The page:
Possibly kept for cock fights
26 roosters find new home after police confiscation
by Joseph Passantino
Reporter staff writer
Jun 30, 2013 | 3112 views | 0 0 comments | 163 163 recommendations | email to a friend | print
Rooster
BROTHER, CAN YOU SPARE SOME FEED? – Several of the 26 roosters confiscated by police on Friday, June 21, are pictured in separate cages.
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A Newark man was charged with 26 counts of alleged animal cruelty after Secaucus police staked out a 30-foot trailer on Secaucus Road, east of County Avenue, and caught him with 26 roosters on Friday, June 21, Secaucus Mayor Michael Gonnelli said.

Police had been at a site behind a seafood business most of that day after they received an anonymous telephone call in the morning, Gonnelli said. An animal cruelty investigator from the Hudson Regional Health Commission was present.

The 26 animals confiscated did not include several on the outside of the trailer which could not be caught, according to Gonnelli.

The was no food or water in the trailer for the animals, the mayor alleged. In addition, the Health Department determined that the inside temperature of the trailer was 120 degrees.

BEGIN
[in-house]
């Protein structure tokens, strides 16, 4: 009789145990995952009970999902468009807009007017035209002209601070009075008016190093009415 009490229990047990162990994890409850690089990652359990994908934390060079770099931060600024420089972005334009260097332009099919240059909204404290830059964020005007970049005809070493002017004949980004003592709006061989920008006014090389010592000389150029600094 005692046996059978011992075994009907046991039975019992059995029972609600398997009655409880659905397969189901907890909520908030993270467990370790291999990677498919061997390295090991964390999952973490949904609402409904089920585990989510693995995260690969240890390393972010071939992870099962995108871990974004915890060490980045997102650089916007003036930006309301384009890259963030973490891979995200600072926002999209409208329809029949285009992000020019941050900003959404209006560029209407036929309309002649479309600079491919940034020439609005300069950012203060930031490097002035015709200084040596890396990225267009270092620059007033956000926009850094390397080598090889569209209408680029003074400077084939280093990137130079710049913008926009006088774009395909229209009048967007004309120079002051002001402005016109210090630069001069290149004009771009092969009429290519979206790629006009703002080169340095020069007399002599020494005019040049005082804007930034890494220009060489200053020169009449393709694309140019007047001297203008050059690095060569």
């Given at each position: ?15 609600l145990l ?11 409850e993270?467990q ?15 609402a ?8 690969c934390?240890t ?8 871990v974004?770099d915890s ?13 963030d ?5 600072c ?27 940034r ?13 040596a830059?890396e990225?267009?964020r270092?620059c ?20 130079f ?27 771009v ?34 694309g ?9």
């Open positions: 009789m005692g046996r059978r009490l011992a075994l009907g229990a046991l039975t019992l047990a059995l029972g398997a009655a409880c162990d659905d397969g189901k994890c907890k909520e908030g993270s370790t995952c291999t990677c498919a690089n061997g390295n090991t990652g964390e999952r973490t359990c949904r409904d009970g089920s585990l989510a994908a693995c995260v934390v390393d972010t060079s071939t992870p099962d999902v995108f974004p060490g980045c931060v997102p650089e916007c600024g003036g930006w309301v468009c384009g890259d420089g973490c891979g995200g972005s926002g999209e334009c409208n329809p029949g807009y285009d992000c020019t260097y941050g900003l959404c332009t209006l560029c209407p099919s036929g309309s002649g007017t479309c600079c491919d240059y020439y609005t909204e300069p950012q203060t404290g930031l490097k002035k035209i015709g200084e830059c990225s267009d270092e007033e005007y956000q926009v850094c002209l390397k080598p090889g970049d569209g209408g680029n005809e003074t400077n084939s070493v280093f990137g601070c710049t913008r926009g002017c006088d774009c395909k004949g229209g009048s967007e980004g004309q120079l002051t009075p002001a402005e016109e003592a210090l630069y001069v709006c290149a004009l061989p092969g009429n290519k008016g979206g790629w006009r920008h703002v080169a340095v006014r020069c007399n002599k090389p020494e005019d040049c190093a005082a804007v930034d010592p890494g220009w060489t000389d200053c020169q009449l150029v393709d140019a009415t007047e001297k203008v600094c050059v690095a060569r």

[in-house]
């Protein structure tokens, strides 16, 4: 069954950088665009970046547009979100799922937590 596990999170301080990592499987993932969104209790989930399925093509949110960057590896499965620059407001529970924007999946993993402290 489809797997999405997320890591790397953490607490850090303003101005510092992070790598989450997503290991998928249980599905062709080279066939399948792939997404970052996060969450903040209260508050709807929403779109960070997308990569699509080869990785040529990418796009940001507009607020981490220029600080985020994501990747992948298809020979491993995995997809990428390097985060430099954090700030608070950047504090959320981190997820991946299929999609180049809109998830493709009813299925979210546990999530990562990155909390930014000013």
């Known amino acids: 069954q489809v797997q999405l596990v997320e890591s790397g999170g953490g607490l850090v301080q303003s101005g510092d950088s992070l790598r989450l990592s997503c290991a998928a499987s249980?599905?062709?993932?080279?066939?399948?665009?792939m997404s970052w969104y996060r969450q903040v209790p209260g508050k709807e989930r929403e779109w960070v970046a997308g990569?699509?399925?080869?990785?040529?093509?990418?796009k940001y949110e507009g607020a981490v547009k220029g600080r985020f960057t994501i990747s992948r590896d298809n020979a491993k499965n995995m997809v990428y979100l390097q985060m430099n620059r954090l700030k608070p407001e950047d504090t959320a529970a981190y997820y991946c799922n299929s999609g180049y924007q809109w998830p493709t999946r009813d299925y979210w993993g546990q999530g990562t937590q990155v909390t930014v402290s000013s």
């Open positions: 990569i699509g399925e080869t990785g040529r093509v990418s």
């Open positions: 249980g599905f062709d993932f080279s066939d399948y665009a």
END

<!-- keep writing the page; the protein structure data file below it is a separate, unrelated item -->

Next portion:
“All the roosters were shaved. They were all in separate cages,” Gonnelli said. “It seems like they were in anticipation of cock fights.”

The roosters’ talons were also filed down, possibly for cockfighting, said Geoffrey Santini, humane law enforcement officer for the Hudson County Sheriff’s Department and West New York. In addition, the animals’ feathers were removed, to make entry into their bodies easier.
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“The town will be seeking full restitution for all expenses incurred by the municipality as a result of these offenses.” – Mayor Michael Gonnelli
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“This way the talons can go straight into the organs, a bloody mess,” Santini said.

Officials found a permanent home for the roosters at Swift Farms in Milford.

“The town will be seeking full restitution for all expenses incurred by the municipality as a result of these offenses,” Gonnelli said.

Kevin O’Connor, superintendent of the Department of Public Works, said that even though there were two instances of potential animal violations within five weeks in Secaucus (see cover story), incidents like these were rare in the town.

“It’s about as common as a hurricane – not that common,” he said.

Joseph Passantino may be reached at JoePass@hudsonreporter.com.

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